The key to “fuel choice” is the deployment of multi-fuel vehicle technologies that are readily available and compatible with the nation’s current energy infrastructure. One key technology is the flex-fuel vehicle (FFV). This feature, which adds only $150 to the cost of a new car, enables the use of any combination of gasoline and alcohols such as ethanol and methanol. About six million such cars are already on America’s roads. In Brazil, where ethanol is widely used, the share of new car sales that have fuel flexibility has risen from four percent to 67 percent over the last three years.

But where will the fuel come from? Throughout the world alternative fuels today total a mere 2 percent of the transportation fuel market. But rising oil prices have brought a spike in demand and production of gasoline replacements. Ethanol production has more than doubled since 2000; production of biodiesel has expanded nearly threefold. In many countries, motor fuel is already blended with ethanol. In Brazil, for example, ethanol accounts today for 20 percent of the country’s transportation fuel market.99.
“Bumper Crop”, Wall Street Journal, January 9, 2006.
According to the Worldwatch Institute, the world could theoretically harvest enough biomass to satisfy the total anticipated global demand for transportation fuels by 2050.1010.
State of the World 2006, Worldwatch Institute, 2006, p. 74.

In the United States today ethanol is made primarily from corn. Hopes of drastically ramping up domestic production are predicated on the commercialization of advanced technologies to convert cellulosic material like switch grass, wood chips and rice straw to ethanol using genetically modified biocatalysts. In his 2006 State of the Union Address, President Bush set a goal for such technologies to mature in under six years. Until this happens, the United States should use sugar cane as well as corn for ethanol production. Sugar yields five times more energy than corn and costs half the price to turn into ethanol. Therefore, unlike corn, it does not require a government subsidy (although, in today’s climate of high prices, with production costs of corn ethanol well under $1.50 a gallon and selling costs of about $2.30 a gallon, it is questionable whether corn ethanol requires its current subsidies).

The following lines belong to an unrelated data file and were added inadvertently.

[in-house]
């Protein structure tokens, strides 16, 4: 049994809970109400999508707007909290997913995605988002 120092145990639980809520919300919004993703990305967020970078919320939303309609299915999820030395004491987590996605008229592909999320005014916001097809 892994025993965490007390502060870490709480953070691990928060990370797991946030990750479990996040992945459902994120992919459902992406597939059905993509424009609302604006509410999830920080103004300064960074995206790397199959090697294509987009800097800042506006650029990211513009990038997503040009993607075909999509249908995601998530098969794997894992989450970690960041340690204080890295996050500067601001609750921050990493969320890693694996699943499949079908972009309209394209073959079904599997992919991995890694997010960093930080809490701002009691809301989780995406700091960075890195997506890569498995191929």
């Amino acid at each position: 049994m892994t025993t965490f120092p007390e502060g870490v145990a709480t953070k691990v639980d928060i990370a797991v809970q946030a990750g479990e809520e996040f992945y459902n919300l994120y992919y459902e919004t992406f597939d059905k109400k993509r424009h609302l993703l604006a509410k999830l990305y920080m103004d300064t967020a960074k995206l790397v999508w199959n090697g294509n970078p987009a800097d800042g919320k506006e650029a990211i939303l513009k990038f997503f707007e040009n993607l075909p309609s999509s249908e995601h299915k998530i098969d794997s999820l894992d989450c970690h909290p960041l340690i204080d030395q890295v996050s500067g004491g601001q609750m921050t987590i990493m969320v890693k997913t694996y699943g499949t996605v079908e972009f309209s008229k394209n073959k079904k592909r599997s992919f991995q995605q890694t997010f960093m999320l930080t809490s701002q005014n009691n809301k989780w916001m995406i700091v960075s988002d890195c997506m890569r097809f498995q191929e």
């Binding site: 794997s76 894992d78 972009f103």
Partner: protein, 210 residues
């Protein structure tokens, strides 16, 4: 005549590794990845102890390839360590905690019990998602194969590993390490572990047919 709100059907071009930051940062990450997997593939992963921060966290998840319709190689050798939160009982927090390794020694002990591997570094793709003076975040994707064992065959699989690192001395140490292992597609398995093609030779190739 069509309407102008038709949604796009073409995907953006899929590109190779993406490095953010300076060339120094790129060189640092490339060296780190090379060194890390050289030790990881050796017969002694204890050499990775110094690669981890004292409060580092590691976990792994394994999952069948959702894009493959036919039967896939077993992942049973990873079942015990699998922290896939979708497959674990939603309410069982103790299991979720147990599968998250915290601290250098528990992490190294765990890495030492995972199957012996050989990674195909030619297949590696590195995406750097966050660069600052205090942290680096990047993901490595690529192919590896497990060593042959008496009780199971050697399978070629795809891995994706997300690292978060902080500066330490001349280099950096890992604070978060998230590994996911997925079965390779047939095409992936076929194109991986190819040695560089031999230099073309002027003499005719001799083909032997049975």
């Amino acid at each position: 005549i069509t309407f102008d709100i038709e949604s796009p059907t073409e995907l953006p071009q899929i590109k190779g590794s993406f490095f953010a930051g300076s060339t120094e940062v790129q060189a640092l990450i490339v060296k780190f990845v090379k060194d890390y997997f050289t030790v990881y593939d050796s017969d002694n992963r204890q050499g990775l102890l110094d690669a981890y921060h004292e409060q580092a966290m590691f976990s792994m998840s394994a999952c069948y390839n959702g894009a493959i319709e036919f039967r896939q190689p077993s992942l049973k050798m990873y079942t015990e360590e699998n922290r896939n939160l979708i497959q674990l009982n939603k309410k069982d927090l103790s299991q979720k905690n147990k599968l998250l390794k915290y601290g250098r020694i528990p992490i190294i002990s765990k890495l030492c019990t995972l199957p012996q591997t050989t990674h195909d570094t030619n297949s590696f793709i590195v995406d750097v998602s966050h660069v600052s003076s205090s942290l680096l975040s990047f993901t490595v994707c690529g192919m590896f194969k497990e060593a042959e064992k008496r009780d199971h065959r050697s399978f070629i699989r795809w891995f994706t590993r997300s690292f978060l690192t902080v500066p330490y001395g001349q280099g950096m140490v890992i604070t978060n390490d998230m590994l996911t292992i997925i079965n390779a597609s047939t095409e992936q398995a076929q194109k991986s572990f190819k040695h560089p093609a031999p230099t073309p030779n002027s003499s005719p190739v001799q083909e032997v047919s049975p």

Unfortunately, the United States does not have an ideal climate for growing sugar cane—sugar needs a long, frost-free growing season—and is not able to ramp up sugar production to the level needed to even come close to satisfying its energy needs. This is why Latin American and Caribbean countries like Brazil, Guatemala, Honduras, the Dominican Republic, Costa Rica, El Salvador and Jamaica—all low-cost sugar cane producers—could become keys to U.S. energy security. Brazil, the Saudi Arabia of sugar, already exports half a billion gallons of ethanol a year and could provide the United States with cheap ethanol. “We don’t want to sell liters of ethanol”, Brazil’s Agriculture Minister Roberto Rodrigues said in 2004. “We want to sell rivers.”1111.
“Brazil’s Biofuels Strategy Pays off as Oil Prices Soar”, Washington Post, June 18, 2005.

Sugar cane harvesting in BrazilPaulo Whitaker/Reuters/Corbis
Sugar cane harvesting in BrazilPaulo Whitaker/Reuters/Corbis

Expanding U.S. fuel choice to include biofuels imported from our neighbors in the Western Hemisphere has significant geopolitical benefits at a time when U.S. standing in the region is challenged. Sugar is now grown in one hundred countries, many of which are poor. Encouraging these countries to increase their output and become fuel suppliers could have far-reaching implications for their economic development. By creating economic interdependence with sugar-producing countries in Africa and the Western Hemisphere, the United States can strengthen its position in the developing world and provide significant help in reducing poverty. In many countries where coca is grown and used for the production of narcotics, sugar could replace coca and thus help address the scourge of the illicit drug trade.1212.